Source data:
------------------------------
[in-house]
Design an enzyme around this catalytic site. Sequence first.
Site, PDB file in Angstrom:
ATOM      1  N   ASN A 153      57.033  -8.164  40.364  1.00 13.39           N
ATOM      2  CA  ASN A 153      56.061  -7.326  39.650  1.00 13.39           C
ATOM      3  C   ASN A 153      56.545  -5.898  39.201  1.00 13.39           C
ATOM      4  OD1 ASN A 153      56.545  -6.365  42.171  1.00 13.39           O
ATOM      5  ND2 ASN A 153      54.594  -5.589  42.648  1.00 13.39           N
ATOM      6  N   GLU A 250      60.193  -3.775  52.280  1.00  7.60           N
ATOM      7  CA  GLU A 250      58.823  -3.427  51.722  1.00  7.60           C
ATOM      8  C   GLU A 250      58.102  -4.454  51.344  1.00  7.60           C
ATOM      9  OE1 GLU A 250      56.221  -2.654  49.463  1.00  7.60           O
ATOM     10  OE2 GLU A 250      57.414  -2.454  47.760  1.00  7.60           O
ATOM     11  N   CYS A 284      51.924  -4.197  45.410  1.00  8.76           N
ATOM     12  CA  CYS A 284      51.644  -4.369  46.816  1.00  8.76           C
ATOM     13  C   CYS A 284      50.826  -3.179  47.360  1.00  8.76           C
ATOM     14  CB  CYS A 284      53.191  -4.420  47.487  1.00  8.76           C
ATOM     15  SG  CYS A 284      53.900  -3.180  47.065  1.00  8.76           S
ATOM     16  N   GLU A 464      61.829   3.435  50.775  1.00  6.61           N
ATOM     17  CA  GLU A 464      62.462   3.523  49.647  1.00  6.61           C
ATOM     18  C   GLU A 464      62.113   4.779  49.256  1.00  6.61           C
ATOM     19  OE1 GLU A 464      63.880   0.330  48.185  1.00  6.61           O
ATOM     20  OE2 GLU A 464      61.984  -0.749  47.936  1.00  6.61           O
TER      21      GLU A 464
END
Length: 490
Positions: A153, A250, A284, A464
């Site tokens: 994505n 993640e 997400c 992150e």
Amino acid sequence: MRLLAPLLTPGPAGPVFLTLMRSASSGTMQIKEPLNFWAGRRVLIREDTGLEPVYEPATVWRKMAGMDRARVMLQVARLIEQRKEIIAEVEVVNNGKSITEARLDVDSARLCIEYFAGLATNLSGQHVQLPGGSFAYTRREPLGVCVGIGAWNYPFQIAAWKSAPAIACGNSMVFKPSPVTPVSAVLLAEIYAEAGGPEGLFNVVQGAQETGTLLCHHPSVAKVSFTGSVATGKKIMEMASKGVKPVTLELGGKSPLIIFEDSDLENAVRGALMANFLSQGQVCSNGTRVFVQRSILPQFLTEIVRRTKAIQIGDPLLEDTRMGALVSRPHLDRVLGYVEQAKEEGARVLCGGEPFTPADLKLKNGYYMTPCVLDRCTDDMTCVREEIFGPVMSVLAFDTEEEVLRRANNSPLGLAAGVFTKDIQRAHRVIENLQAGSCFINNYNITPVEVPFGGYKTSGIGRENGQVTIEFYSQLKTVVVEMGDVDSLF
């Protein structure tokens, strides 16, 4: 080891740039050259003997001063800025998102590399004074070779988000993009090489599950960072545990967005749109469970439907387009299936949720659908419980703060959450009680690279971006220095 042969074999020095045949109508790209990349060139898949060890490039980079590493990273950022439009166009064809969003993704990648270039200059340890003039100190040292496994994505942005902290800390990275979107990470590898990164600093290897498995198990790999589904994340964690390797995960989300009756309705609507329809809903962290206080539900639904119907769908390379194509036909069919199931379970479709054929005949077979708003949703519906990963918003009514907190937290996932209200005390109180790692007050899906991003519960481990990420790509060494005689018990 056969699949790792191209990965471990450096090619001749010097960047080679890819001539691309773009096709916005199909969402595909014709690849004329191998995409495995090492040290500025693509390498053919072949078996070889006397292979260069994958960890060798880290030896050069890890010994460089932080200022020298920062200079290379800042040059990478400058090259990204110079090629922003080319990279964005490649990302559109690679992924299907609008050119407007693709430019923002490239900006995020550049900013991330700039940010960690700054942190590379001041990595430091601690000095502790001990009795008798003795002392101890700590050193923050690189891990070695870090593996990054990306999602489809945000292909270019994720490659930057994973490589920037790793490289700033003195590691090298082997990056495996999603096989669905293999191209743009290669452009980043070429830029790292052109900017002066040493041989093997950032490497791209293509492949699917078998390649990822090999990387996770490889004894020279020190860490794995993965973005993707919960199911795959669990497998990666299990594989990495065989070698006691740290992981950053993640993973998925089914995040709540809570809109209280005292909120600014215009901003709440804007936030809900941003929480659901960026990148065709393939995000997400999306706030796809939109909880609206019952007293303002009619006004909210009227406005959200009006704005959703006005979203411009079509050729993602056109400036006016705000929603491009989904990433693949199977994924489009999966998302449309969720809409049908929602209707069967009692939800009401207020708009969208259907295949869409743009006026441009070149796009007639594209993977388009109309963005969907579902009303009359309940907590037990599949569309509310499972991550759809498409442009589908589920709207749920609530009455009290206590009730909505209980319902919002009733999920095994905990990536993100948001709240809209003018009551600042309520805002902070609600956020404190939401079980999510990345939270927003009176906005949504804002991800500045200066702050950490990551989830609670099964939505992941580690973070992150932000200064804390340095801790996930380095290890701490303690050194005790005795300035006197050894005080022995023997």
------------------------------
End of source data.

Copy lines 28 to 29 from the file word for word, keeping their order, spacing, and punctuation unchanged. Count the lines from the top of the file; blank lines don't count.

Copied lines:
């Site tokens: 994505n 993640e 997400c 992150e």
Amino acid sequence: MRLLAPLLTPGPAGPVFLTLMRSASSGTMQIKEPLNFWAGRRVLIREDTGLEPVYEPATVWRKMAGMDRARVMLQVARLIEQRKEIIAEVEVVNNGKSITEARLDVDSARLCIEYFAGLATNLSGQHVQLPGGSFAYTRREPLGVCVGIGAWNYPFQIAAWKSAPAIACGNSMVFKPSPVTPVSAVLLAEIYAEAGGPEGLFNVVQGAQETGTLLCHHPSVAKVSFTGSVATGKKIMEMASKGVKPVTLELGGKSPLIIFEDSDLENAVRGALMANFLSQGQVCSNGTRVFVQRSILPQFLTEIVRRTKAIQIGDPLLEDTRMGALVSRPHLDRVLGYVEQAKEEGARVLCGGEPFTPADLKLKNGYYMTPCVLDRCTDDMTCVREEIFGPVMSVLAFDTEEEVLRRANNSPLGLAAGVFTKDIQRAHRVIENLQAGSCFINNYNITPVEVPFGGYKTSGIGRENGQVTIEFYSQLKTVVVEMGDVDSLF